Liz Sandals speaks at a press conference in Toronto on May 25, 2015. (Photo: Frank Gunn/CP)Treasury Board President Liz Sandals, who represents Guelph, Ont., where residents have been criticizing Nestle, says she finds it frustrating that many opponents don't realize the company agreed to reduce its water takings from the Aberfoyle well because of the drought. Sandals says there is "absolutely" a lot of concerns among her constituents about Nestle, but adds a lot of those concerns "actually turn out to be based on misinformation." Guelph residents can speak to Nestle's application at a city council meeting Nov. 7, which was set up after one councillor moved a motion to ask the province to stop Nestle from operating in Aberfoyle.
Wynne orders reviewOntario Premier Kathleen Wynne ordered a review of the fees Ontario charges bottled water companies — currently just $3.71 per one million litres — before the province rules on Nestle's renewal application. In the meantime, Nestle is allowed to keep taking up to 3.6 million litres a day from the Aberfoyle well, while the government decides on renewing its old permit, which expired in July. Nestle employs over 300 people at a bottling plant in Aberfoyle, and recently outbid the community of Centre Wellington for another nearby well it wants for "future business" but the township wanted for its drinking water supply.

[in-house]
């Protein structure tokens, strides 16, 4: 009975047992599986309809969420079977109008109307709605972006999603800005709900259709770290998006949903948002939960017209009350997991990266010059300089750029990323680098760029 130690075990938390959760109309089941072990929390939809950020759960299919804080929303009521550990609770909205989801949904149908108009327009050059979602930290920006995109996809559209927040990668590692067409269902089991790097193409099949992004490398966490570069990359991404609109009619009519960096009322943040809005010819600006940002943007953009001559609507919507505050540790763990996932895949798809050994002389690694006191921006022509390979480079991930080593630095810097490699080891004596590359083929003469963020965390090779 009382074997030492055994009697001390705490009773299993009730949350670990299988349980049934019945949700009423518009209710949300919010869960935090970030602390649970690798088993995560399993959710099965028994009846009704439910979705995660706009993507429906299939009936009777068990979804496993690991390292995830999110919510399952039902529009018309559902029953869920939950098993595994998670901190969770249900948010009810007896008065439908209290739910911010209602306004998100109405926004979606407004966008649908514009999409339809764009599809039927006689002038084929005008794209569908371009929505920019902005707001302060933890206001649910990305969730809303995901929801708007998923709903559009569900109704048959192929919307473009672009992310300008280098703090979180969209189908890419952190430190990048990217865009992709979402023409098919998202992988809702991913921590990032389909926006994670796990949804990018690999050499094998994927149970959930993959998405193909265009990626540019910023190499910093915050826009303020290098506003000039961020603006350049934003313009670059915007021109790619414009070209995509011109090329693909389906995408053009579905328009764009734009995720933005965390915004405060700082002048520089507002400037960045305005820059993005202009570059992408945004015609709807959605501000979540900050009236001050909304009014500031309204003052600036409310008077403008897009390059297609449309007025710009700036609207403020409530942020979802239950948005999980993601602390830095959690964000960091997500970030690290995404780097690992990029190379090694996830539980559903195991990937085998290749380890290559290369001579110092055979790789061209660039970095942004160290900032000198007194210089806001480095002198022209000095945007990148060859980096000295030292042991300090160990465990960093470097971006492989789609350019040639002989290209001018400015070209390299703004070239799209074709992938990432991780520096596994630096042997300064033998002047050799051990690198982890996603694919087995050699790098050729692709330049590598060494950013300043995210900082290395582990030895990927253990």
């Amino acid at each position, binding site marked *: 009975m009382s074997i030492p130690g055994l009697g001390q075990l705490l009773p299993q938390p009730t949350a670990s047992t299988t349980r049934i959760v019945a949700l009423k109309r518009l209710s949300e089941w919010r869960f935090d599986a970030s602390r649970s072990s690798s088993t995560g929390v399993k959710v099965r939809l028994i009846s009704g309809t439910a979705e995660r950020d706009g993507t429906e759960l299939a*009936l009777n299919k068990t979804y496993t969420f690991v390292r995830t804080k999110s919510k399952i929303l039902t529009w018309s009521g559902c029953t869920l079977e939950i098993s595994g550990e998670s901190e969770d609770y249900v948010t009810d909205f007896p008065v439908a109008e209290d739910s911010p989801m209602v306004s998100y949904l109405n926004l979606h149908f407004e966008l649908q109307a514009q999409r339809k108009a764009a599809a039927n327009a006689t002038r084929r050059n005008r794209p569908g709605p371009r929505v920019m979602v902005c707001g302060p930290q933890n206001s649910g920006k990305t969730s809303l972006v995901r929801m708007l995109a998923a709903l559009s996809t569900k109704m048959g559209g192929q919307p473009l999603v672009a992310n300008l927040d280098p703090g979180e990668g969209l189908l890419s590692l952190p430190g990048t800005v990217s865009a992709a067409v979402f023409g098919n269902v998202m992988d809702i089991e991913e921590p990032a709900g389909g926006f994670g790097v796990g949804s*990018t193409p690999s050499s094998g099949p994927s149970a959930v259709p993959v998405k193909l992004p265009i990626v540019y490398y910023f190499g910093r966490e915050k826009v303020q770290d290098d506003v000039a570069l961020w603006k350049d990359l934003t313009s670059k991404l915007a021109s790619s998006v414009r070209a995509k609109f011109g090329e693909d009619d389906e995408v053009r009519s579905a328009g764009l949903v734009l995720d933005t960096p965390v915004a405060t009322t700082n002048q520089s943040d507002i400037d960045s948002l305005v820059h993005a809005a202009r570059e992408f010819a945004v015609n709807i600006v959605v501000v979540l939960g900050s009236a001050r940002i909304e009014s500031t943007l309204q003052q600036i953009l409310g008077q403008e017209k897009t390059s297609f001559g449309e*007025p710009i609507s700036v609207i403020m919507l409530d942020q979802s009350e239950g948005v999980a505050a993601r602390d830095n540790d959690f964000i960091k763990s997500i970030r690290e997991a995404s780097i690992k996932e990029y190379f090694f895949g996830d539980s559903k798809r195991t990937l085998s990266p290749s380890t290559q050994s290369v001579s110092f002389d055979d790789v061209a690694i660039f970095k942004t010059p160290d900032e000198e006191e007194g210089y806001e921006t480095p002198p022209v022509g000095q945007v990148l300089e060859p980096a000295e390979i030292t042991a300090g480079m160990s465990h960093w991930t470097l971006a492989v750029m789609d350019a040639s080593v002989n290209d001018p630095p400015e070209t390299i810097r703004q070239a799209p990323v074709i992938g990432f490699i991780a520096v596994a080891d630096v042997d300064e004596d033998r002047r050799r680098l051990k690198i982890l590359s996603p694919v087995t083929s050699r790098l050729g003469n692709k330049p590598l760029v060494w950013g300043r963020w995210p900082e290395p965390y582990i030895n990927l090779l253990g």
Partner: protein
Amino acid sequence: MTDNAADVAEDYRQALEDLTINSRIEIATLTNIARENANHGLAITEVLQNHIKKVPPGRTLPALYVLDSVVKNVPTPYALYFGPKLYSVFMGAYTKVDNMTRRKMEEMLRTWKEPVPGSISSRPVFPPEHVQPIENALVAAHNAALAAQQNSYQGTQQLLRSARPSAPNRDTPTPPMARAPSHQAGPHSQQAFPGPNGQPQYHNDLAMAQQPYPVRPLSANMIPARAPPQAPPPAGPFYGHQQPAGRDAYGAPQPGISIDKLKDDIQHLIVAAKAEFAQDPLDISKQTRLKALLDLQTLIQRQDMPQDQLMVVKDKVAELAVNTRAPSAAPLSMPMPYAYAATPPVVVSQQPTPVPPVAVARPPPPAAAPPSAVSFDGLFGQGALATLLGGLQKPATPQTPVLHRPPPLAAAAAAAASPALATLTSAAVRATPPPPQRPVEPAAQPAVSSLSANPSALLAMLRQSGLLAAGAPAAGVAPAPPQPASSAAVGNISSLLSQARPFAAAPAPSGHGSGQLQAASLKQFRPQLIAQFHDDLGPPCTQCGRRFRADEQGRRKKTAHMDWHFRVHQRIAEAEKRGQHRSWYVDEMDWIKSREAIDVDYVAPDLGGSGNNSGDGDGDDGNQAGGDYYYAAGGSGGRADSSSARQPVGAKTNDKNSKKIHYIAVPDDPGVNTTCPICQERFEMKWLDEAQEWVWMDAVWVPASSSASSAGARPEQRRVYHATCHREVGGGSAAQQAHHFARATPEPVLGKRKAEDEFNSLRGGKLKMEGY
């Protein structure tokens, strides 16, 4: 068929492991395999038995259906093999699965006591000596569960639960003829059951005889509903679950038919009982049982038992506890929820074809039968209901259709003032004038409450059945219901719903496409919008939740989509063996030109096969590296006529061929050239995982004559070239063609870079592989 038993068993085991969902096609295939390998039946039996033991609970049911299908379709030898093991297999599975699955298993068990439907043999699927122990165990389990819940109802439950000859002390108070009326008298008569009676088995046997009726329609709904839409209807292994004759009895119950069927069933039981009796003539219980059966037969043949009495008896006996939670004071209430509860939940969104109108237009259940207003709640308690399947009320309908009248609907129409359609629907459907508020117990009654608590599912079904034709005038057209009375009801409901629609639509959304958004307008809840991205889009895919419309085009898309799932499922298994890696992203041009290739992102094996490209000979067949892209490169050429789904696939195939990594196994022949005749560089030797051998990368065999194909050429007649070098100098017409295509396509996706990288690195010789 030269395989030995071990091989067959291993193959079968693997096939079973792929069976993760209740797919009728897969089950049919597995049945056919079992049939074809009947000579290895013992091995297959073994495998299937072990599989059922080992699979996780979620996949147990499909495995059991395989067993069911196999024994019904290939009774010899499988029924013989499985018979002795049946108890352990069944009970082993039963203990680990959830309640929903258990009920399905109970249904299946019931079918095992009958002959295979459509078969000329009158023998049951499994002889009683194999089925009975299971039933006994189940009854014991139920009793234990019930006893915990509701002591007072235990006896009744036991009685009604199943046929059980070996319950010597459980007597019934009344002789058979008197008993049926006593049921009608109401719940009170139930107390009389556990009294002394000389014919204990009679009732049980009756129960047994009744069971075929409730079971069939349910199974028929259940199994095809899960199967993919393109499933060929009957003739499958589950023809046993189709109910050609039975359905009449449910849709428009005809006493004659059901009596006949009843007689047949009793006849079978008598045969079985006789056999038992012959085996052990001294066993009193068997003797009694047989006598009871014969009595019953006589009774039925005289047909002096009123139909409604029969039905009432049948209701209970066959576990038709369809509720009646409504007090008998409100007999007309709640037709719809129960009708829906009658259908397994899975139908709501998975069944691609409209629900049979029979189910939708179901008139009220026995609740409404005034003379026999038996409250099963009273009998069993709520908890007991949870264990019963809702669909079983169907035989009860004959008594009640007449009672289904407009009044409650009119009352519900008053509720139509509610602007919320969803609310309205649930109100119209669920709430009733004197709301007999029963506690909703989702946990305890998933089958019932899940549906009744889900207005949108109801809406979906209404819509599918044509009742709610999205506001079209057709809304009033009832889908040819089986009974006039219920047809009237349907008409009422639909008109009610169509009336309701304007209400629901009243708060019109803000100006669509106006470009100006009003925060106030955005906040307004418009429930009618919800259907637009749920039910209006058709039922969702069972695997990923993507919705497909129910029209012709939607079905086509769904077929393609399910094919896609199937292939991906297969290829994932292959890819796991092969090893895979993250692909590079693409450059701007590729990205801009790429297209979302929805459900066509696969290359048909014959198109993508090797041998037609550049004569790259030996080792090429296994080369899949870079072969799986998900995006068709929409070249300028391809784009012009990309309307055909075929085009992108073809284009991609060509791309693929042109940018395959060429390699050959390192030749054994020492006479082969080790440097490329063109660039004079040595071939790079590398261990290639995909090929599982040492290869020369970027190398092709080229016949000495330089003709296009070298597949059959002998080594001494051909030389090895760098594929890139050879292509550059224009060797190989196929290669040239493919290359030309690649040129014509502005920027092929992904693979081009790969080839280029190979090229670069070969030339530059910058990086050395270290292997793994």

Bottles of Pure Life brand water move on the production line at the Nestle Waters Canada plant near Guelph, Ont. in January 2015. (Photo: Bloomberg via Getty Images)There are local and international petitions opposing Nestle's water taking permit and its purchase of the new well in Wellington Centre. Author Margaret Atwood posted a link to one of the petitions on her Twitter feed Wednesday, adding the headline: "Tell Nestle to get its hands off of Ontario's water supply."
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